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Stuntman December 31, 2014

In my rounds about town, I met an interesting character. Horseman, stuntman, actor; leatherworker, silversmith, beadworker; horse show and parade judge; and self avowed “half-breed”: Wofford Heights resident Neal Russell.

“My father was Comanche. Everybody loved my father – except my mother, ha ha” he began as we talked in the loft apartment built by his son, Rocky. The walls are lined with photos of recognizable celebrities: Angie Dickenson, Anthony Quinn, John Goodman, Whoopie Goldberg and more. They are all inscribed “To Neil”, or “Chee”, Russell’s nickname.

Horseman and Stuntman Neil Russell at home in Wofford Heights

Neal Russell at home in Wofford Heights May 2008

Neal Russell at home in Wofford Heights May 2008


Russell’s father worked “…herding cattle. He was a cowboy.” So it was natural the Russell was riding at 6 years old. “I had horses all my life,” he said. I asked if he remembered his first horse… “I forgot my first kiss. Hell, I forgot my last one!” he laughed. But, jokes aside, he did recall. His first horse was “a stunted calf. He wouldn’t grow.” So he traded for a horse that turned out to be “Loco. Crazier than fruitcake. I told Dad that he cheated me, but he said, ‘you cheated him.’ That horse ran away…”

“I believe you only have one horse. You may own hundreds of them, but there’s only one in your heart.” For Russell, it was a Morab – a Morgan-Arabian cross, named Cebavik (“Chief” in Comanche). “That horse, I’m in love with,” he said, using the present tense even though Cebavik died at age 24. “We were one,” he said. He pointed out a photo on the wall depicting Russell in Indian garb mounted on Cebavik. The horse is a big brown and white Paint with a proudly arched Morgan neck and beautiful markings and head. Russell said he never did groundwork with the horse, “I just put a saddle on him. Well, I plow-horsed* him, then got on him.” (*meaning ground driving, for you city slickers.) He raised the horse from a just-born colt. “They were going to put him down; he was not supposed to have any color.” Russell got up every few hours all night to bottle feed the colt, and Cebavick began to thrive.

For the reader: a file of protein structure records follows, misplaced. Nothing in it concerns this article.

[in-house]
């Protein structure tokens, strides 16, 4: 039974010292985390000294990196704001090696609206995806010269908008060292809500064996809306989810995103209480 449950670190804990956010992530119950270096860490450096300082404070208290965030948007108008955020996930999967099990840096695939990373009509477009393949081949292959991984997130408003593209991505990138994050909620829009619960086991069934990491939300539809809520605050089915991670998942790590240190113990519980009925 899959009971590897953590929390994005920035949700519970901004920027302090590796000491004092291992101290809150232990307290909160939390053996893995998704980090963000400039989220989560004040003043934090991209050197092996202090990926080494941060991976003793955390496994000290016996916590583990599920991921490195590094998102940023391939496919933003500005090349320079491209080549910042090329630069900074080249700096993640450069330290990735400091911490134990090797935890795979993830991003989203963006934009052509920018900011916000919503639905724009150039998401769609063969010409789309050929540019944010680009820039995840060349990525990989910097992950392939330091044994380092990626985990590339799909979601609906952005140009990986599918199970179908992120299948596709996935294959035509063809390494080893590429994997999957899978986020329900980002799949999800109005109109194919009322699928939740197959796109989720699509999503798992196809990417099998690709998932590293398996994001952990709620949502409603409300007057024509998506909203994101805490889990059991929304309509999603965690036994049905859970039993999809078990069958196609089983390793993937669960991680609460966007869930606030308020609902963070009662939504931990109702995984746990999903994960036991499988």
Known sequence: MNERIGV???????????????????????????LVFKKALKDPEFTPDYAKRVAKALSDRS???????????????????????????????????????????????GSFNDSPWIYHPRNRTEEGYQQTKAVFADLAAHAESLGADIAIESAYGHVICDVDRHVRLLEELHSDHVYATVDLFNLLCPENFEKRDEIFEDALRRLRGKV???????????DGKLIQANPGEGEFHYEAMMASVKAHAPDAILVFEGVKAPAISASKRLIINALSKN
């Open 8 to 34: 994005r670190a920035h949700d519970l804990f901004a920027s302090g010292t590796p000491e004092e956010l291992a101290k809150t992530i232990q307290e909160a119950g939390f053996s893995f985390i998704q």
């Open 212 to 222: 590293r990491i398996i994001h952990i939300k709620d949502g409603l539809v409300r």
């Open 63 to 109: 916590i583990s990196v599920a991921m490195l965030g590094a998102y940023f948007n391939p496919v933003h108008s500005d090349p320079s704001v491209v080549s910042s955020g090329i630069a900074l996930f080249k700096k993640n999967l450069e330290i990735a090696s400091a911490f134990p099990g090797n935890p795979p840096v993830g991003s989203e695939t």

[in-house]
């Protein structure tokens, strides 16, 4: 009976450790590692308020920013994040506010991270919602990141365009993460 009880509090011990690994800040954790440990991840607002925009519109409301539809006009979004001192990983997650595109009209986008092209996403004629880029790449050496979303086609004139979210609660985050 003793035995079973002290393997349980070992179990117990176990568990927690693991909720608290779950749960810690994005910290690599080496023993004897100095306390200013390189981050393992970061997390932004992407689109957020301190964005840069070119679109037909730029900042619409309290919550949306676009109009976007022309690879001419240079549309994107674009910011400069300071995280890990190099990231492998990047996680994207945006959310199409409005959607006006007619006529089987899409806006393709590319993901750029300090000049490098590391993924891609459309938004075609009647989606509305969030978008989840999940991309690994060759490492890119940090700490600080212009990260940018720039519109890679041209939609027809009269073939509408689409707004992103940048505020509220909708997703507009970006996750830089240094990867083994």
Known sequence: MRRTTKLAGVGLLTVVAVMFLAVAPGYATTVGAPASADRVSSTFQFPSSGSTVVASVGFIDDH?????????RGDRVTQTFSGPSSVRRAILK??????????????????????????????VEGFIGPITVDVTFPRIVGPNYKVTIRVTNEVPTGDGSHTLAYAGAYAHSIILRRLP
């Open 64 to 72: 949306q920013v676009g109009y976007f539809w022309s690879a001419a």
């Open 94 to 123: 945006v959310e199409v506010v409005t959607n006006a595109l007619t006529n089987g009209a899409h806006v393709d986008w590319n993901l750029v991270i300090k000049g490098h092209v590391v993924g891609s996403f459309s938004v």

A few years later, Russell was riding with “those charros”, and Cebavick showed so much talent that Russell decided to send him to “a big trainer of charro horses” in Mexico. The trainer told him, “This is a good horse. But not a good charro horse,” and told Russell he would charge $300 to train Cebavik. “My wife said, what $300? So I got a job washing dishes.” In three months he went to retrieve his horse whereupon the trainer told him, “You better get a hotel room. You’re going to have to learn how to ride him.’ Well, I been riding my whole life, I didn’t need to learn to ride my own horse! But I went down there, got a hotel room, went out there, and the guy said, ‘take him down, and stop him,’ so I lope him out and stop him, and he stopped – but I didn’t!” Because the horse was responding so quickly, the same result occurred when he asked Cebavik to turn at a lope. “And I’m not making a dime on these falls!” Russell said, referring to his career as a stuntman and actor. His movie credits include Heartbreak Ridge, The Electric Horseman, Ruthless People, Jeremiah Johnson, The Flintstones, and Rocky 1,2, and 3; and his TV credits include Maverick, Dallas, The Dukes of Hazard, Little House on the Prairie, Charlie’s Angels, Fame, Cheers, Fantasy Island, Simon and Simon, and The Waltons, among many others.